Emulating Haiku in Xen
Virtual instances of operating systems are perfect for all kinds of testing purposes that need to be done in a safe and isolated environment. Installing Haiku in a virtual machine is a solution for people who do not want to install it on their physical computers, but wish to become familiar with it.
In this guide the Haiku operating system is being run under virtual circumstances using Fedora 27, Xen 4.9.1, and Virt-Manager, but you can use any distribution of Linux that is supported by Xen as dom0.
In this guide, we will be using an Anyboot image - it can be obtained here. Both the ISO and anyboot images are available there, do select the closest mirror to enjoy higher transfer rates. Verify using the checksums to make sure that the downloaded files are not corrupted as they are big files.
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For instructions on installing Xen on other distributions, the Xen wiki has links to installation documentations which can be found here
On Fedora 16 and above, you can enter the following into the terminal to install Xen and virt-manager (replace yum with dnf for Fedora 22 or newer)
yum install xen
yum install libvirt-daemon-driver-xen libvirt-daemon-config-network libvirt-daemon-driver-network virt-manager virt-viewer
The libvirtd daemon is by default not running, enable it on startup with
sudo systemctl enable libvirtd
To boot into Xen, on Fedora’s boot menu choose
Fedora, with Xen hypervisor.
The following guide will describe the installation of Haiku on Virtual Machine, using an Anyboot image as an ISO. Once Xen is running and the Anyboot image is downloaded, you can start the installation.
First, create a new virtual machine.
First, choose the method of OS installation, which is
Local install media in this case and click
Use ISO image, and browse to the Anyboot image we have downloaded. Then, click
Here, we’re supposed to choose memory and CPU settings. It is better to assign more than 256M of RAM for smooth running ; too much, on the other hand, may cause a lag for the host. After choosing the memory size and CPU, click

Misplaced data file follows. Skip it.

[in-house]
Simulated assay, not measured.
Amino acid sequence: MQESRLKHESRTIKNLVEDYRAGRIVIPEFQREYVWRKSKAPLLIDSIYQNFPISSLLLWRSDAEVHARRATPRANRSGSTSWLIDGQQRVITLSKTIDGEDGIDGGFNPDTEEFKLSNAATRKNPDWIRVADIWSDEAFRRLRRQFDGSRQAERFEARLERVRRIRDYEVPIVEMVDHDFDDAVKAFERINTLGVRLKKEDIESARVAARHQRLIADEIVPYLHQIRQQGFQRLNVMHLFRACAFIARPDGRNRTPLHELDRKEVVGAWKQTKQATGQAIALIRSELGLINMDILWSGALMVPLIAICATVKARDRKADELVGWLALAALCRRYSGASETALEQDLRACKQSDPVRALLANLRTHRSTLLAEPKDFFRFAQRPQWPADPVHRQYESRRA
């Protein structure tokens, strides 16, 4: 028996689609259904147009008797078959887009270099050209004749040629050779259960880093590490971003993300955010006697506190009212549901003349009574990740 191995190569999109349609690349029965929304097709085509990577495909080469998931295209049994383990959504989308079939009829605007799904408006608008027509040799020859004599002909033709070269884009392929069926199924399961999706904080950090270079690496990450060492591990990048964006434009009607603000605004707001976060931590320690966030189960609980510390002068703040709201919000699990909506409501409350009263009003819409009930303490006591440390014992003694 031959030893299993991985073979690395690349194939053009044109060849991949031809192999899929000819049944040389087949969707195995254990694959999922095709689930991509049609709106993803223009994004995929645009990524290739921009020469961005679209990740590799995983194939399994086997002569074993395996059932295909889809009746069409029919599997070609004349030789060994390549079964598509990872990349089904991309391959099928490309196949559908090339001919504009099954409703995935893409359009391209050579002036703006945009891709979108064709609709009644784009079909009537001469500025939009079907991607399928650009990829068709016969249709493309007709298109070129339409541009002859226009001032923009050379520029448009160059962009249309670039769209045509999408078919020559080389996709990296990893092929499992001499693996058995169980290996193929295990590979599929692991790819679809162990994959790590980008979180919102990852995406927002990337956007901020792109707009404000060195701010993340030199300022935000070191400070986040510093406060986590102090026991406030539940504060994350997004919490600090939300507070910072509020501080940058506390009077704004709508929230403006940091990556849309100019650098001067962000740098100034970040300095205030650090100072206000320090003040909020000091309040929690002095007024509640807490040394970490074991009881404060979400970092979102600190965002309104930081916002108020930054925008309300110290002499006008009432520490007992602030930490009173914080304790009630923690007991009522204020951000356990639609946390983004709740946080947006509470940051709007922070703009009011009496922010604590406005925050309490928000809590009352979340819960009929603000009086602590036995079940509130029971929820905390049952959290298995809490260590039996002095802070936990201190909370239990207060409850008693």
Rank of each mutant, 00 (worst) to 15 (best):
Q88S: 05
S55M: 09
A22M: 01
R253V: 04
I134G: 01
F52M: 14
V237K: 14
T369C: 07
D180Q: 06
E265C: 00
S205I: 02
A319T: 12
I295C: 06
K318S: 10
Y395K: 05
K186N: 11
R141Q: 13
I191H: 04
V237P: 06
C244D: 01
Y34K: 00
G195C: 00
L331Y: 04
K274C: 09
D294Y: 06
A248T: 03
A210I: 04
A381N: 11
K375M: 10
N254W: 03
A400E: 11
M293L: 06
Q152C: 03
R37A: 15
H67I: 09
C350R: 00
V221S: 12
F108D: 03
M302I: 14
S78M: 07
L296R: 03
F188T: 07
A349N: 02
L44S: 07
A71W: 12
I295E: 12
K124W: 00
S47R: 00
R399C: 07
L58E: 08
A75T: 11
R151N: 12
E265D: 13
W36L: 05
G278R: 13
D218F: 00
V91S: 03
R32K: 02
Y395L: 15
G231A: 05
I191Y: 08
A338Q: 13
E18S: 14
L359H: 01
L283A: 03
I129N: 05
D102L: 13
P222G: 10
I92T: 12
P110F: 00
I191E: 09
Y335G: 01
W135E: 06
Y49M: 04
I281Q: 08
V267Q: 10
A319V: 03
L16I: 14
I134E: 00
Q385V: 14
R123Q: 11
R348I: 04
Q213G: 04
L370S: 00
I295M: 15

Here, we can adjust the size of the disk image, or existing disk images. After adjusting, click
Name the virtual machine, verify the settings of the VM, then click
Finish, the VM will start and boot to the Haiku image. You can choose to install Haiku or boot to the desktop. Installation is simple and does not differ really from a physical one (follow the guides on this page if you are not familiar with installing Haiku).
Additional step 1. Creating a virtual network
The VM we created by default does not have networking. To create a virtual network, you can follow the steps below. If you want to create a bridged network instead, consult your distribution’s documentation.
First, on the virt-manager window choose
Connection Details. The Connection Details window will appear. Click on the Add button in the lower left corner to add a virtual network.
Name the virtual network that will be created.
Here, you can customize the network address range. If you are fine with the default settings, simply click
If you want to enable the IPv6 address range, you can customize it here. Otherwise, just click
Here, you can forward the network packets of the VM to a physical network, or keep the virtual network isolated. If you need Internet connection on the VM, you should forward to a physical network connected to the Internet. When you are done, click
The virtual network will then be created. Now, close the Connection Details window.
On the virt-manager window, right-click on the Haiku VM, and choose
Open. Then, click on the button with the light-bulb icon to switch to the VM configuration tab.
If there’s no NIC hardware in the VM, click the
Add Hardware, then choose
After that, go to the
NIC hardware on the VM, then choose the network source to be the virtual network we have created.
Now the VM should have a network connection.
Unable to connect to Libvirt
If, after running Virt-manager, you run into a pop-up saying that it is unable to connect to libvirt, then:
Make sure the libvirtd daemon is running by issuing
sudo systemctl start libvirtd
Make sure you are a member of the ‘libvirtd’ group by running:
sudo usermod -a -G libvirtd $(whoami)